How do we know? Great question! In Kansas City, when we have 2 months or less supply of homes available—meaning that if no one else listed their home for sale, everything listed now would sell out in 2 months or less—this is considered a Seller’s Market. Homes $250,000 and below have been selling in 2 weeks or less fairly consistently. Homes priced in the $250-300,000 range are selling in 3 weeks on average. Homes priced in the $300-400,000 range are taking just over a month to sell—this may surprise many, as it was not this long last year at this time. Homes valued in the $400-500,000 range are taking on average two months to sell. Homes valued at $500,000 and below have been in a Seller’s Market for at least the past two-three years at a minimum.
Inventory Supply of 2-4 months is considered a balanced market, favoring neither side. 4 months of inventory or more is a Buyer’s Market. Recently, only $1,000,000+ homes in the KC Metro have been in a Buyer’s Market.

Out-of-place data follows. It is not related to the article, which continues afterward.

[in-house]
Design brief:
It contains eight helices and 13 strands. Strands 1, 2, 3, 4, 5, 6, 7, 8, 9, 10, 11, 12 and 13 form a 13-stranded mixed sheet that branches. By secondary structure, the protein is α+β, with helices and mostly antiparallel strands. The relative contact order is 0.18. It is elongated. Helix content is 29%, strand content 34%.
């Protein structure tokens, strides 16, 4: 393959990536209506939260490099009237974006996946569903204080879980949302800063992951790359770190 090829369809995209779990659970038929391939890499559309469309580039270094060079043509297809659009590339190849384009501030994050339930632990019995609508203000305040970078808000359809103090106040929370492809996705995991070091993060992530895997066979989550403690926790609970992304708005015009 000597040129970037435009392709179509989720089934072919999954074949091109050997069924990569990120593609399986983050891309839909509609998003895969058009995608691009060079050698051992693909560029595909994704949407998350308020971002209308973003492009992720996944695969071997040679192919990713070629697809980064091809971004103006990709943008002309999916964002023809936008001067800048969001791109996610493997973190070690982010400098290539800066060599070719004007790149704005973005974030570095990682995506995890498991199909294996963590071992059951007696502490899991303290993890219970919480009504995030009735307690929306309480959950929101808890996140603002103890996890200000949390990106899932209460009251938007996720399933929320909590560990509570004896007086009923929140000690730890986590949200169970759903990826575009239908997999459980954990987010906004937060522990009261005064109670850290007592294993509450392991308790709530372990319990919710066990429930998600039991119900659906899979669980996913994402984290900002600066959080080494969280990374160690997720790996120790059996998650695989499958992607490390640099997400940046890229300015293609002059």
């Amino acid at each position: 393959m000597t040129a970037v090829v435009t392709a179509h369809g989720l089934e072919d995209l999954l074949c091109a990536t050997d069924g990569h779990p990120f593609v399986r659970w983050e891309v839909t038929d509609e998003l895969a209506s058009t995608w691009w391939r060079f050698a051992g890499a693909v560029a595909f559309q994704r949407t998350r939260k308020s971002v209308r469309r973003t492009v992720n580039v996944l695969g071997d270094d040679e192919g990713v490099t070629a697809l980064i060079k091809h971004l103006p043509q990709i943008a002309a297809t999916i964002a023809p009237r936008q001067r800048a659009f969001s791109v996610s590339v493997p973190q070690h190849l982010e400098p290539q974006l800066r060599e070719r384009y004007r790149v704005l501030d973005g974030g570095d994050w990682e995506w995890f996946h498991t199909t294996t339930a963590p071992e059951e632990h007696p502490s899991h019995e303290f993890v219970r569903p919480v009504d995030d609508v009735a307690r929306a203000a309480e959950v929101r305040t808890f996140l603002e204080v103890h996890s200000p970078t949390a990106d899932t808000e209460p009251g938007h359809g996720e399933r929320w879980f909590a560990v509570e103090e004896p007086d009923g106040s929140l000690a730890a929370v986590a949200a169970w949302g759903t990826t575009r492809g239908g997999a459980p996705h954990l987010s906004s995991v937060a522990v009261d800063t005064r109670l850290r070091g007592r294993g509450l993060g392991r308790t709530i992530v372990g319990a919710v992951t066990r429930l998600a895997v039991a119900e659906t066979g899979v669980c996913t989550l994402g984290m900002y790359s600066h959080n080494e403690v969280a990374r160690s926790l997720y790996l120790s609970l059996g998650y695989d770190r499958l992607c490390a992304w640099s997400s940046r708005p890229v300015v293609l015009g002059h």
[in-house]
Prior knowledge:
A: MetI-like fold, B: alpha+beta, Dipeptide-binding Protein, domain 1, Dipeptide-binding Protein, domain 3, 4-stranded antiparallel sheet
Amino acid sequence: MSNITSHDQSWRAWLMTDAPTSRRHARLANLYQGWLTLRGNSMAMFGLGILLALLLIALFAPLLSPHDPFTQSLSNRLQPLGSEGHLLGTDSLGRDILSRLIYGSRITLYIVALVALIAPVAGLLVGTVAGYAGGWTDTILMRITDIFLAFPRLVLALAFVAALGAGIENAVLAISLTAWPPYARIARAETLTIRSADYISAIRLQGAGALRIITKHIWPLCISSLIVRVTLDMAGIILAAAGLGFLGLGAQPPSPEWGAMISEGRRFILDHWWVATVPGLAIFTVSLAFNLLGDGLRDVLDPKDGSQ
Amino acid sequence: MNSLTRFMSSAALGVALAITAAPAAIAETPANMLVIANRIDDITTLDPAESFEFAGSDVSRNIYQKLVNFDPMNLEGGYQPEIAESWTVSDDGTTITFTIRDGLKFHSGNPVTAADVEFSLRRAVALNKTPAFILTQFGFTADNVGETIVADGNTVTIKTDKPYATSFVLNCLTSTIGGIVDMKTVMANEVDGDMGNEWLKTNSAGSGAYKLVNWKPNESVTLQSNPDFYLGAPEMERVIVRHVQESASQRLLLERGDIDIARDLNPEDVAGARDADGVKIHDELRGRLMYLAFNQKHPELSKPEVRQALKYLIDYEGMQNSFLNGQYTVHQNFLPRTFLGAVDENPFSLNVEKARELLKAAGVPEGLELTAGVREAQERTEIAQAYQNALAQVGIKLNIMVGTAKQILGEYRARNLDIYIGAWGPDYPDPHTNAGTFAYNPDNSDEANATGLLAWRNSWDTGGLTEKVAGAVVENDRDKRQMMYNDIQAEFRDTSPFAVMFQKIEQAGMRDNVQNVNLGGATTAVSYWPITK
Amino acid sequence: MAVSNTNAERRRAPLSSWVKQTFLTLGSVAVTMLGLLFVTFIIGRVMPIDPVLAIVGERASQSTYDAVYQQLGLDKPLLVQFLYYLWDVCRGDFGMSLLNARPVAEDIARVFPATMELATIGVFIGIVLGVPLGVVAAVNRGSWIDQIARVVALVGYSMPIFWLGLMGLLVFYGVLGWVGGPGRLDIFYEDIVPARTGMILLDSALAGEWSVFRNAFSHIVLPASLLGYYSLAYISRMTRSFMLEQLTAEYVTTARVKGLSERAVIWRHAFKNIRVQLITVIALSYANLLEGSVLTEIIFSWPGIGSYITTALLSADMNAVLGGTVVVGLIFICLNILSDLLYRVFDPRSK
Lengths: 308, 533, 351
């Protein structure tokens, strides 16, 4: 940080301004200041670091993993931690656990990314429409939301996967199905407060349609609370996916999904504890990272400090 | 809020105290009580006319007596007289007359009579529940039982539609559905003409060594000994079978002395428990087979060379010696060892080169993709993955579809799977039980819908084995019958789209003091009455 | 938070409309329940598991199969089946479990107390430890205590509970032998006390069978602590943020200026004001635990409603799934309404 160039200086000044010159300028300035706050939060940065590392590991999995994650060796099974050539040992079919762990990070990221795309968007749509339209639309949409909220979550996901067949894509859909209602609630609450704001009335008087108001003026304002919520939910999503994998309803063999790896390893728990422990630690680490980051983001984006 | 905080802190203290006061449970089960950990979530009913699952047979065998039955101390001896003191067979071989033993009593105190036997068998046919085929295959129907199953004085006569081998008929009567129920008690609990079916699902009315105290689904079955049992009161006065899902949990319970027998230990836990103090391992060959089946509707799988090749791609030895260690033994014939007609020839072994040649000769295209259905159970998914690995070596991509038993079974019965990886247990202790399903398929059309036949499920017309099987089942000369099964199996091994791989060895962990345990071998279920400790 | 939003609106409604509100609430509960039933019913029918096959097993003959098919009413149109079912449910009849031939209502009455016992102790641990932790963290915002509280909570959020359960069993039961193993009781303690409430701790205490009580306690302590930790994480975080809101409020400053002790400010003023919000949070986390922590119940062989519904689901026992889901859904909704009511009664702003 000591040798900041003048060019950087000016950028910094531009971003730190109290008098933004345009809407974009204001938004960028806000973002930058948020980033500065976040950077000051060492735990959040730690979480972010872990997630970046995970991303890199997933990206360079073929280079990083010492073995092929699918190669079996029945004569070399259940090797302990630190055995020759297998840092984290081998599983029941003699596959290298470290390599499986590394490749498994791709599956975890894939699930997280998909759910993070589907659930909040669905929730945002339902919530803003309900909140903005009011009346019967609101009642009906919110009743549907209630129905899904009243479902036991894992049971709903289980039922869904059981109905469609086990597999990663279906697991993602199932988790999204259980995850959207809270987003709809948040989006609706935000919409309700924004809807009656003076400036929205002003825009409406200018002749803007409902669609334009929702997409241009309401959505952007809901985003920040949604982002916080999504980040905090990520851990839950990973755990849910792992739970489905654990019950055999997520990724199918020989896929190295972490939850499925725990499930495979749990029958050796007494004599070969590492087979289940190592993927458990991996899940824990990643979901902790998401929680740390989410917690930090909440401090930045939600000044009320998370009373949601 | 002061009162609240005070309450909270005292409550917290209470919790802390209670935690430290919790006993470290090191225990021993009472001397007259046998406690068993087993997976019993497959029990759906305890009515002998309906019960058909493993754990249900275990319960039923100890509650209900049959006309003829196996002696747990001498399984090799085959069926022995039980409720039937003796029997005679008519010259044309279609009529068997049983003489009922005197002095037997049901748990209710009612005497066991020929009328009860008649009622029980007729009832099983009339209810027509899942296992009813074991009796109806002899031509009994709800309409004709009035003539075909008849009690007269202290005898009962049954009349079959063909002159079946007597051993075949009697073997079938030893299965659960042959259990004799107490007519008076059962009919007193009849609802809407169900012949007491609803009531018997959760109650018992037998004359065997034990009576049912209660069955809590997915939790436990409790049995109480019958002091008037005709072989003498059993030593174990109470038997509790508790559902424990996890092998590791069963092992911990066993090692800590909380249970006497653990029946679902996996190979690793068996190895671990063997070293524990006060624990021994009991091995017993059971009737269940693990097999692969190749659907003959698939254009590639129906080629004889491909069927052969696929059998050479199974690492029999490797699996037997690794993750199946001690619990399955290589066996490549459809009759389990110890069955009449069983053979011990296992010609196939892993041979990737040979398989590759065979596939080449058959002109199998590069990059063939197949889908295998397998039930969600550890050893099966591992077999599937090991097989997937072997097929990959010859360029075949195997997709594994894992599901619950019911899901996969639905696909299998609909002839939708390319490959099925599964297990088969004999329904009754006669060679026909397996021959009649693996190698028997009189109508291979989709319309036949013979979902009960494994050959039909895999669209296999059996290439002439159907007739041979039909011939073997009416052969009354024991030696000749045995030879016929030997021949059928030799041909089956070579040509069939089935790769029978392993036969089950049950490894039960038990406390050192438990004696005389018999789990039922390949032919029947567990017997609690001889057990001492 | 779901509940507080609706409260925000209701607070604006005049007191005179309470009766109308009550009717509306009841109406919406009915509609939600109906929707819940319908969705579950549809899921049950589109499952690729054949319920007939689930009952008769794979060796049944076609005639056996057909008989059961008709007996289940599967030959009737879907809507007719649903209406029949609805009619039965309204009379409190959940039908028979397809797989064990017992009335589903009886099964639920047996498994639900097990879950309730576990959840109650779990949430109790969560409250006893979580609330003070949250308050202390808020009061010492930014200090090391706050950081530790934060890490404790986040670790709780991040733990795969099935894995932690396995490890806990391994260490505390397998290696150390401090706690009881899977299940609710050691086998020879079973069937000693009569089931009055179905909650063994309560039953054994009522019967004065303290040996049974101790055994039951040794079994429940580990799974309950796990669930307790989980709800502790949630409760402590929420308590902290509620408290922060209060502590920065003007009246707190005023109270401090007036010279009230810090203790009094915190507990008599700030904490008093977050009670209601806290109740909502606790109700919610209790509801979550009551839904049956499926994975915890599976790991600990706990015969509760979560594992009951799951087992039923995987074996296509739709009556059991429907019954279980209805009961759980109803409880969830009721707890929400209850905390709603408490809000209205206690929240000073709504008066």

While Kansas City is still in a Seller’s Market, we are seeing signs of change. Currently, over 41% of the homes for sale have had a price reduction. We were not seeing price reductions like this last year, and certainly not in 2017. Homes are selling at 96% of the original listed price across Johnson County. This tells us that sellers now are getting less for their homes than neighbors who sold last year. We are also seeing longer days on the market. Homes are not flying off the market as quickly and frequently as in months and years past. This is up 13.9% vs June 2018. That’s a huge jump!
So, what does this mean for you? If you are thinking about selling your home in the next year or two, you may want to move that time frame up to take advantage of the tail end of the current Seller’s Market (and record-breaking low-interest rates!). We never know when we will hit the tipping point.
The advantage of being both a seller and a buyer now vs. last year is tremendous! Last summer (and the summer before) many buyers were making offers on homes in multiple offer situations. They were one of 10 or sometimes even 20 other offers submitted on a single house—often pushing the purchase price above the original sales price. We are not seeing this nearly as often now. If we do end up with more than one offer on a home, it’s typically 2-3 tops. Many times, the offers are at or below the current sales price. If you’ve been waiting for the “tipping point” int the market, we very well could be there now.